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What Can I Do to Help the Circular Economy?


  • Don’t throw away shoes, clothing and other textiles! Contact Us to create a collection event, or find out about a collection location near you. Even the most worn out clothing and footwear can be repurposed. 

  • When ordering take out, tell the vendor you don't need their disposable napkins, straws, forks, knives or spoons. You can do this when you order (via "special request" for online orders) but also check the bag when you pick up. As long as a restaurant employee removes items from your bag, the restaurant can give materials to another customer. More importantly they'll be reminded of good practices and customer values. 

  • At home, change from paper to cloth napkins. Paper napkins cannot be recycled. Although they may be made from recycled paper, there's more than enough use for recycled paper elsewhere!

  • Collect and recycle plastic films, like single use plastic bags or food wrapping.  Many grocery stores have collection bins.  

  • Consider clothing that is made from sustainable fabrics and encourages recycling, such as 100% organic cotton.

  • Reduce what needs to go into a closed loop!​. Buy things of a quality that last a long time, and come in less packaging. 




  • Contact Us to create a textiles collection event! You can raise money for your favorite charity, and do good for the environment too!

  • Learn the detail of your town’s recycling rules, and follow them!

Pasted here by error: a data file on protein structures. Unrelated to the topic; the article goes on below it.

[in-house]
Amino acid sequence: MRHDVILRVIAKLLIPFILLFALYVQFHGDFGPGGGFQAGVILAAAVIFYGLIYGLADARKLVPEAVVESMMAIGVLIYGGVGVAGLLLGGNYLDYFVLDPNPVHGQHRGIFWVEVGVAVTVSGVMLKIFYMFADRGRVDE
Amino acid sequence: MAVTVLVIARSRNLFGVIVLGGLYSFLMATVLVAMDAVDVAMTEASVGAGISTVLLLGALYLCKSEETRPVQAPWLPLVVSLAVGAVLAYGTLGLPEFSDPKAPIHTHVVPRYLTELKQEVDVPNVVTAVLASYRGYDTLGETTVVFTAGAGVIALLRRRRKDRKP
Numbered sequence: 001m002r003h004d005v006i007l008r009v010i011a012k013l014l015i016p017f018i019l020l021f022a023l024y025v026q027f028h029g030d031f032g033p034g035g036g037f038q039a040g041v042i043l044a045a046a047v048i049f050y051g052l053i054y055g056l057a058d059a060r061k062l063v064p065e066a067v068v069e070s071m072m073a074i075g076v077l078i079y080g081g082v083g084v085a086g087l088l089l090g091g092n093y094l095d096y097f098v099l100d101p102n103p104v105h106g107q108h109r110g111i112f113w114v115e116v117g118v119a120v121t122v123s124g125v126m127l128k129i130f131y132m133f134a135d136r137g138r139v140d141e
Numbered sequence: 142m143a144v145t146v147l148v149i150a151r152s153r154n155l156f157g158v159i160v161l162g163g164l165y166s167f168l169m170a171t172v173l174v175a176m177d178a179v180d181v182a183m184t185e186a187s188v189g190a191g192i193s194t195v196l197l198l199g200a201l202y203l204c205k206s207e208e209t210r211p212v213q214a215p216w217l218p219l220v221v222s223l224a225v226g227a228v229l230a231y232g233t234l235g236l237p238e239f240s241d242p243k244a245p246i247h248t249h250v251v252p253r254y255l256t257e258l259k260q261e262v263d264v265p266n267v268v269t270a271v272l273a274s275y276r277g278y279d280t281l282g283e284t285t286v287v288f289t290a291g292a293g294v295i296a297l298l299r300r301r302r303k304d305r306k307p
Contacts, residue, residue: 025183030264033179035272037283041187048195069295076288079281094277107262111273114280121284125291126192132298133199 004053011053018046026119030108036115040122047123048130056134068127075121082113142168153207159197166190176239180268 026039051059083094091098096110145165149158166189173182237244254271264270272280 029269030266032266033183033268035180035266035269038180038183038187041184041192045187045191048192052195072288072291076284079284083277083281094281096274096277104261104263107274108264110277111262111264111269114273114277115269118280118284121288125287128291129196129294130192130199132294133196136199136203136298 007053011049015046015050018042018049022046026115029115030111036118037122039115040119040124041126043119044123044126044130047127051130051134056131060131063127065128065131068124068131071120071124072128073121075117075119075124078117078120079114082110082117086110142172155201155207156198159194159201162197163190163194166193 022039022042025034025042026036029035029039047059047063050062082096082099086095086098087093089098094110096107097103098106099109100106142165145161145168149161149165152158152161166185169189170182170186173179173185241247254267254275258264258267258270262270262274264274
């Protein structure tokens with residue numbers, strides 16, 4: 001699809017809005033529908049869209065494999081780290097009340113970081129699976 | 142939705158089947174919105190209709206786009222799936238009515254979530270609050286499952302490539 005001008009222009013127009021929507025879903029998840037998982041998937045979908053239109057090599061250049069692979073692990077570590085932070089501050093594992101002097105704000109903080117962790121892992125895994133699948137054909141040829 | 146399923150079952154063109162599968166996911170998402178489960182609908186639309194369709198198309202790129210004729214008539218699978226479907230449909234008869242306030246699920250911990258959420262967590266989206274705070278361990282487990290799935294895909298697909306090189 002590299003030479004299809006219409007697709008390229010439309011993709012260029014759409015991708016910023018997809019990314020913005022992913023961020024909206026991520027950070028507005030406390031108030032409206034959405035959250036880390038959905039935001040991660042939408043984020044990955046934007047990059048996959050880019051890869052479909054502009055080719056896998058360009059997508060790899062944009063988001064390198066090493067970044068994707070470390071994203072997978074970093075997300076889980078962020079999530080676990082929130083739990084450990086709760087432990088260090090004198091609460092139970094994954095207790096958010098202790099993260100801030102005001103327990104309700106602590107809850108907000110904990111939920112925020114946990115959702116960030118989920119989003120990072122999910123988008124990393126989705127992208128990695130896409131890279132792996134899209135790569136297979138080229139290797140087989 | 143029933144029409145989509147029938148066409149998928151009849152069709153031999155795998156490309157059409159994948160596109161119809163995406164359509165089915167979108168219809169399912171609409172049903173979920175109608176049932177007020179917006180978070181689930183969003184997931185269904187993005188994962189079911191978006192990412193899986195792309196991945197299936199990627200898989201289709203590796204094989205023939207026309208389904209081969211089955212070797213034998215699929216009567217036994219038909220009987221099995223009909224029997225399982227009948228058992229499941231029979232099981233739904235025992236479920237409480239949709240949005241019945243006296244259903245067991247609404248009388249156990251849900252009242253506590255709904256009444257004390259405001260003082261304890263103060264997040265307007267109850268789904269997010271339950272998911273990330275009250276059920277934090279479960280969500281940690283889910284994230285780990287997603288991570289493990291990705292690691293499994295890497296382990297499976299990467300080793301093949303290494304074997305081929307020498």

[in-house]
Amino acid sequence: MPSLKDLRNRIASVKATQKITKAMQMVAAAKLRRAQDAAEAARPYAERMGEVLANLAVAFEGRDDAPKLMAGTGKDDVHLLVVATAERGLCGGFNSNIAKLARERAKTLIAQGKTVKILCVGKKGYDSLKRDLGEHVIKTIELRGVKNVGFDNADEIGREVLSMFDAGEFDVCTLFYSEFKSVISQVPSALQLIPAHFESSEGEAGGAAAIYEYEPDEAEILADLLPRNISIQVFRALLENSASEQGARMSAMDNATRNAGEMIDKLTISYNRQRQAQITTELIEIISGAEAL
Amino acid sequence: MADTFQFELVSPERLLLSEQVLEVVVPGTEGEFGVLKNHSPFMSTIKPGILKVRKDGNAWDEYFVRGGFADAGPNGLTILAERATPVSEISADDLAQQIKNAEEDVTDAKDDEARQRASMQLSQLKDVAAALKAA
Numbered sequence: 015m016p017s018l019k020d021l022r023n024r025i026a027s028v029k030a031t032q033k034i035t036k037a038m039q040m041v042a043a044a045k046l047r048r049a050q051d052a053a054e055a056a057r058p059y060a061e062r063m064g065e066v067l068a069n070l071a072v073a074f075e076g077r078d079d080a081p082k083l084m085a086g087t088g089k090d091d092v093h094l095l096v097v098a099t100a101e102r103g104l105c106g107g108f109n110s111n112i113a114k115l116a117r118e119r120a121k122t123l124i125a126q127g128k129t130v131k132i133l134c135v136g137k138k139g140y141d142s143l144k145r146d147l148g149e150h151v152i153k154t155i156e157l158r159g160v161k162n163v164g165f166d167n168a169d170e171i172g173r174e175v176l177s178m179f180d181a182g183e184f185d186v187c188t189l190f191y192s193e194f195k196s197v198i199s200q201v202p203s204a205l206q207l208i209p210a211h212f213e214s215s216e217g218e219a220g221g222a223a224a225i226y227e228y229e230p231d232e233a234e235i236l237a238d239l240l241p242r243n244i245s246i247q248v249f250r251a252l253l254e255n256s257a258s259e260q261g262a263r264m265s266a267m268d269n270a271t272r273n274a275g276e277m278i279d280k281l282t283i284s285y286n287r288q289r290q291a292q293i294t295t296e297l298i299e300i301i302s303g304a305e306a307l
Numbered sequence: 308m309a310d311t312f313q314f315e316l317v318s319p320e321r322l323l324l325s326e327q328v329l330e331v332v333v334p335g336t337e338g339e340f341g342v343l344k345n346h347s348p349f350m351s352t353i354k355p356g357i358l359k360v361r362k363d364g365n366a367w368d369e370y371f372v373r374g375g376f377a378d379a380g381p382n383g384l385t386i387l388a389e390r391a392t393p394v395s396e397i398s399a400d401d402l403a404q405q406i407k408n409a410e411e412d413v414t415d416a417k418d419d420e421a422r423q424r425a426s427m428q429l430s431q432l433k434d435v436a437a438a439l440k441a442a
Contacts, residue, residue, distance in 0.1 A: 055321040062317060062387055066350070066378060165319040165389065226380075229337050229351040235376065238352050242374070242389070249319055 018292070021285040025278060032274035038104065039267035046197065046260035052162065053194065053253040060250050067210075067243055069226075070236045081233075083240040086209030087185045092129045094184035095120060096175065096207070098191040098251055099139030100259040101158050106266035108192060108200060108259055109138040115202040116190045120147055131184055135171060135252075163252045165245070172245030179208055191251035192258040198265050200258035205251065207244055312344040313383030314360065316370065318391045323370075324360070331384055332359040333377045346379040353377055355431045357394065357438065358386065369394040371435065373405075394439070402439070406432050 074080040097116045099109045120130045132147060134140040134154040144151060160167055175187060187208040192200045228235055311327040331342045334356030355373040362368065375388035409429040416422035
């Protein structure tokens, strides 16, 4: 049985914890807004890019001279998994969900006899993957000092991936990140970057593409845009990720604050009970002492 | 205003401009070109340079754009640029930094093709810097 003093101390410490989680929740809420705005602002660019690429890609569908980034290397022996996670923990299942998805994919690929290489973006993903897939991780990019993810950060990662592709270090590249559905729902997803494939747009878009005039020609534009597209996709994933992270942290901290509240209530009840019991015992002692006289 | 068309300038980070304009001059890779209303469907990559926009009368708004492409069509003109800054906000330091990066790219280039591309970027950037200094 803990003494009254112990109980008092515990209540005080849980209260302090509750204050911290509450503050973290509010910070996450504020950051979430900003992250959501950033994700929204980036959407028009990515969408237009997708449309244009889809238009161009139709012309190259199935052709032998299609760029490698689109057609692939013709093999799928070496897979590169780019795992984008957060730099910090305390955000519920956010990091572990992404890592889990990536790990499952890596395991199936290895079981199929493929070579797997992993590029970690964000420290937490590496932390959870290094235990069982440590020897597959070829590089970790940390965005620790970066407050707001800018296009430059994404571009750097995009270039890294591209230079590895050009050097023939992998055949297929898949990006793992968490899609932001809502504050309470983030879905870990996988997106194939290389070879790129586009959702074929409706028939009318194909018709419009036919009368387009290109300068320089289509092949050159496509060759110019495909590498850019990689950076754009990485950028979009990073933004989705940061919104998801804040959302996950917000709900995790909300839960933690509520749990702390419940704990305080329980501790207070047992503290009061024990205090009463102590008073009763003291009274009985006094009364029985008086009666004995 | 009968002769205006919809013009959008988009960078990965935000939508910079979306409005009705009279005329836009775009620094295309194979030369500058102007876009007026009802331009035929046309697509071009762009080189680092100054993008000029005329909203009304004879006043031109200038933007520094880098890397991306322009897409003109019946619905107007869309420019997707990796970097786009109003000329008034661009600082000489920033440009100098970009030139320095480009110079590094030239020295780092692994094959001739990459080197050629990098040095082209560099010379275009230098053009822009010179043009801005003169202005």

- Don’t put recyclables in plastic bags: that makes them non-recyclable

       - Look at the number in the triangle on your plastics, and know what numbers are accepted by                            your town. Many towns take only 1’s, 2’s, and 5’s, and few, if any, takes 7’s.  

  • Encourage recycling in schools, with signage and additional bins in the cafeterias, classrooms and playgrounds. 

  • Work with schools and local restaurants to reduce what needs to be thrown away.  Does the school lunchroom need containers of milk and juice, or can drinks be placed in metal containers that allow each student to get what they want in an amount that they want?  

  • Use social media to promote reuse initiatives.

  • Connect with your local high school’s Environmental Club.  There isn’t one? Then find an industrious high school student or two that wants to start one, and help.




  • Put a preference on purchasing recycled paper for printing, business cards and other printed materials.

  • Set a reasonable company wide goal to recycle XX lbs of cans and bottles per week and make it easy to do by placing recyclable bins in convenient locations.

  • Rather than providing single use cups, plates or serve ware to be used in the office, offer reusable mugs, plates and glasses or encourage employees to bring their own.

  • Choose greener options, where available, when it comes to single-use items

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